Gordon Brown will this week spearhead an attempt by opponents of Scottish independence to regain the momentum by warning the country would face a £1.5bn pensions and benefits black hole if it breaks away from the United Kingdom.
His intervention comes amid evidence that support for separation is growing ahead of the independence referendum on 18 September. One poll on Sunday suggested a swing of just two points could be enough to secure a Yes vote.
The former Labour Prime Minister will argue that Scotland receives £9.6bn in pensions and benefits annually – £500m more than the amount it should get if the payment was based on the size of its population.
He will also claim it would cost the country £1bn to establish its own pensions system if it separated from the UK.
Mr Brown said: “I will not be setting out the Tory case for Britain. I will set out a positive, forward-looking case for the best future for Scotland, showing how in areas such as pensions it makes good sense to combine having a Scottish parliament with being part of Britain.”
He will be speaking for the first time for the Better Together campaign, which is led by the former Labour Chancellor Alistair Darling.
The campaign has come under fire for its tactics as the polls showed a narrowing in the gap between the pro- and anti-independence camps.
An ICM poll for the Scotland on Sunday newspaper showed support for independence at 39 per cent, while opposition had fallen by four points to 42 per cent. The results put Yes on 48 per cent and No on 52 per cent.
The Yes Scotland campaign said the tide was moving in its favour. Blair Jenkins, its chief executive, said: “The extreme negativity of the No campaign is proving a major turn-off for voters.”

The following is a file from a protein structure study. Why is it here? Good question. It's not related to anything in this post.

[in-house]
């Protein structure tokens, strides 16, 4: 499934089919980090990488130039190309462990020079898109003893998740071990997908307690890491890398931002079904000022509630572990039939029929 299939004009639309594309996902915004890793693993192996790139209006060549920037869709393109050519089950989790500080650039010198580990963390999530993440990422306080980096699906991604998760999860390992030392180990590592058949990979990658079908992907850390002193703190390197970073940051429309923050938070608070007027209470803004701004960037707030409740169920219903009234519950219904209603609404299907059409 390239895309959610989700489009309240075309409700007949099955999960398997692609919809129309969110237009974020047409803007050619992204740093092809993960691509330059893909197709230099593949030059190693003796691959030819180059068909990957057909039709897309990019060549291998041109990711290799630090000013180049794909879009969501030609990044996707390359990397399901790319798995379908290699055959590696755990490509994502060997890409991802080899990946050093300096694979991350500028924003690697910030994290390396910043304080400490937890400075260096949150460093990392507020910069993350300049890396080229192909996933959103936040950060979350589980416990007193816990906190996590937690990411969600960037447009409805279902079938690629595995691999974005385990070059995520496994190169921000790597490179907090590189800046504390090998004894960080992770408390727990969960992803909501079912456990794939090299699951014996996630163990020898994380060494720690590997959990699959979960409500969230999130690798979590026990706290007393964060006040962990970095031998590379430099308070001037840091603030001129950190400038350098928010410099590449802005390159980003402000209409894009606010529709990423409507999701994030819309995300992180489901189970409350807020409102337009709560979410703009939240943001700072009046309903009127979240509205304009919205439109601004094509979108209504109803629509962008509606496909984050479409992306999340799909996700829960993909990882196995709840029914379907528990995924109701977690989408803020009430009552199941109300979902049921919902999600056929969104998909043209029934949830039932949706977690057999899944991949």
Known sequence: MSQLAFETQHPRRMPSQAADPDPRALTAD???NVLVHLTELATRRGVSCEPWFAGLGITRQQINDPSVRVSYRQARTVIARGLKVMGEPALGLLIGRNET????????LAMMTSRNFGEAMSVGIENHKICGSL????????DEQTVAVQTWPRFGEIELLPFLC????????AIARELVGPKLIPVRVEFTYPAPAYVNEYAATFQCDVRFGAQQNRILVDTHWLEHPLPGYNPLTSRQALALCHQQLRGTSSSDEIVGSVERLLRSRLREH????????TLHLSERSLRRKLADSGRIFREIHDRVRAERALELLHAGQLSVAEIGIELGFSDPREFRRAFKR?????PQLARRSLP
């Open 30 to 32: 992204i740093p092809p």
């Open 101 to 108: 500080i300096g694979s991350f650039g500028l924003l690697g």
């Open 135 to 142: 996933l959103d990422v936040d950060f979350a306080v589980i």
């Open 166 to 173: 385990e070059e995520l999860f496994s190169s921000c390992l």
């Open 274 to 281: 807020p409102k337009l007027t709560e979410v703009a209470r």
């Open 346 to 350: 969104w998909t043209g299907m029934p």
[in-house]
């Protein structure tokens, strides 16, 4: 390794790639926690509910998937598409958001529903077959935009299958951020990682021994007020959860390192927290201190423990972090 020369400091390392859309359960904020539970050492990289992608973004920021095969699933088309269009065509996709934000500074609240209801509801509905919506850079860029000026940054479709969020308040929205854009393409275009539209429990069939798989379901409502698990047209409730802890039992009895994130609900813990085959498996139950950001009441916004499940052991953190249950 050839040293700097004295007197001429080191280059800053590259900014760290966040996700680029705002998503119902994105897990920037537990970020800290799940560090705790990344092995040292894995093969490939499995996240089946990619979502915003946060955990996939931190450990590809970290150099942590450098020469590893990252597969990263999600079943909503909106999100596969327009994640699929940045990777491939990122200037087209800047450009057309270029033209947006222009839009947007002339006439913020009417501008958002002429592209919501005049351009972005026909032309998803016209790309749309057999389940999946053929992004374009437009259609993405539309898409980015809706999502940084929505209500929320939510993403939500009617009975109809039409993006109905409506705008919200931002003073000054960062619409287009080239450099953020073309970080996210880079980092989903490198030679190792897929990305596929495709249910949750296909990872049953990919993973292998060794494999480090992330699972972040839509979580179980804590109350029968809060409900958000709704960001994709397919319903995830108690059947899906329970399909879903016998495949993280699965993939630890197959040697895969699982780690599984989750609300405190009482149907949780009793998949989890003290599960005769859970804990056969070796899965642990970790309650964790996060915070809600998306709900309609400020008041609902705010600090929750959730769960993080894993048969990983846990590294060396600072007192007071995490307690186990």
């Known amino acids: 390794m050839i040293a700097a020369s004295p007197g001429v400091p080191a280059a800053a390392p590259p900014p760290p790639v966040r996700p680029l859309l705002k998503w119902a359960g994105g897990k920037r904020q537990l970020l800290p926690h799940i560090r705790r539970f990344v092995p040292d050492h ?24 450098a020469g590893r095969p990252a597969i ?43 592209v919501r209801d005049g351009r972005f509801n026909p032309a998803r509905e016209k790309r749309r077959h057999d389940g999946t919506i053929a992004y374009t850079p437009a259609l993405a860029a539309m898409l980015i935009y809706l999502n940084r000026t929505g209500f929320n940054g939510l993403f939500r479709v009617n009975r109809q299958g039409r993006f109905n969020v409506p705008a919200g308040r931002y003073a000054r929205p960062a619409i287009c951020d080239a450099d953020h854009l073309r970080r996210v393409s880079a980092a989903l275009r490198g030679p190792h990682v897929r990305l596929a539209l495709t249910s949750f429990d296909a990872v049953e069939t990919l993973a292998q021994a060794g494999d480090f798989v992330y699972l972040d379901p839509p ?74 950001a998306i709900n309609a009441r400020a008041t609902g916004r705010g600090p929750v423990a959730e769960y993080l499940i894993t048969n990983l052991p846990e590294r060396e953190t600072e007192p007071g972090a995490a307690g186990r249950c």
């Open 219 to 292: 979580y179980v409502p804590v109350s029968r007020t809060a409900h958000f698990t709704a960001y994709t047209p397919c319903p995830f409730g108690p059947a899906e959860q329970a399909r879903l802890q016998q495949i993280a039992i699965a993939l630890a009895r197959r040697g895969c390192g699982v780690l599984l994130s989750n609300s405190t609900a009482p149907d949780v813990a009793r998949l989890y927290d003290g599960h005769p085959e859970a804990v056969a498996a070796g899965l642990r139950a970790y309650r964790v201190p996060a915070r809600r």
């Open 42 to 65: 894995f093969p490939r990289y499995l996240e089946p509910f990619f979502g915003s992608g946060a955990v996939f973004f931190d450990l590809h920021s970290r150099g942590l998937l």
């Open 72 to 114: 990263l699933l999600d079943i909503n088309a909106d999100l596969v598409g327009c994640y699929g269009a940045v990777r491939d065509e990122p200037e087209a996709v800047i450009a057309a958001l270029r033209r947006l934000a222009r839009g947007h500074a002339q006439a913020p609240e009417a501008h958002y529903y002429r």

The Labour leader, Ed Miliband, will hold a shadow Cabinet meeting in Glasgow this week, as well as staging a public meeting in the area. Campaigners believe that working-class Labour-leaning voters in central Scotland could hold the key to the referendum’s outcome.
Mr Miliband’s main task is to persuade them that their best chance of social justice is within a Labour-led UK rather than a breakaway state.
Margaret Curran, the shadow Scottish Secretary, said: “We will show it’s only Labour that has the positive, progressive vision to take Scotland forward.”
Scotland’s Deputy First Minister, Nicola Sturgeon, ridiculed Mr Brown’s claim on pensions and said an independent Scotland was better placed to afford pensions and welfare than the UK.
She said: “The last person anyone in Scotland will take lessons from when it comes to pensions is Gordon Brown – the man who destroyed final-salary pension schemes with his £100bn raid, and insulted our older folk with a miserly 75p increase in the state pension. His track record means he lacks all credibility.”